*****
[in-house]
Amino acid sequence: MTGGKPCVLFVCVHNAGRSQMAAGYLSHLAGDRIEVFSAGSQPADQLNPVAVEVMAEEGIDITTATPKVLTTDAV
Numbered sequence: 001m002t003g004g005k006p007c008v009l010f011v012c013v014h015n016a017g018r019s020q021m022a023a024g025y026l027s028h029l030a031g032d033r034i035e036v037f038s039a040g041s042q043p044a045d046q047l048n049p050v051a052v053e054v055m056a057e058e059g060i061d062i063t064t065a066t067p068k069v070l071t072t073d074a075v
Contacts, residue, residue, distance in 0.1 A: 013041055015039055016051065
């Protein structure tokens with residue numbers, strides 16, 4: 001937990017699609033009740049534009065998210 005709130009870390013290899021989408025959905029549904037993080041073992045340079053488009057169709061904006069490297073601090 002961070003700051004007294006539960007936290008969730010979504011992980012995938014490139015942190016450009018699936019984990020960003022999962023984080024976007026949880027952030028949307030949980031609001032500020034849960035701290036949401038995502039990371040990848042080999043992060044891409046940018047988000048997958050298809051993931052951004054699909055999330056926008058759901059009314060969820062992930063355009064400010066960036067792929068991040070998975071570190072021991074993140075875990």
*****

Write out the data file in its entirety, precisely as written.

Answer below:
[in-house]
Amino acid sequence: MTGGKPCVLFVCVHNAGRSQMAAGYLSHLAGDRIEVFSAGSQPADQLNPVAVEVMAEEGIDITTATPKVLTTDAV
Numbered sequence: 001m002t003g004g005k006p007c008v009l010f011v012c013v014h015n016a017g018r019s020q021m022a023a024g025y026l027s028h029l030a031g032d033r034i035e036v037f038s039a040g041s042q043p044a045d046q047l048n049p050v051a052v053e054v055m056a057e058e059g060i061d062i063t064t065a066t067p068k069v070l071t072t073d074a075v
Contacts, residue, residue, distance in 0.1 A: 013041055015039055016051065
């Protein structure tokens with residue numbers, strides 16, 4: 001937990017699609033009740049534009065998210 005709130009870390013290899021989408025959905029549904037993080041073992045340079053488009057169709061904006069490297073601090 002961070003700051004007294006539960007936290008969730010979504011992980012995938014490139015942190016450009018699936019984990020960003022999962023984080024976007026949880027952030028949307030949980031609001032500020034849960035701290036949401038995502039990371040990848042080999043992060044891409046940018047988000048997958050298809051993931052951004054699909055999330056926008058759901059009314060969820062992930063355009064400010066960036067792929068991040070998975071570190072021991074993140075875990």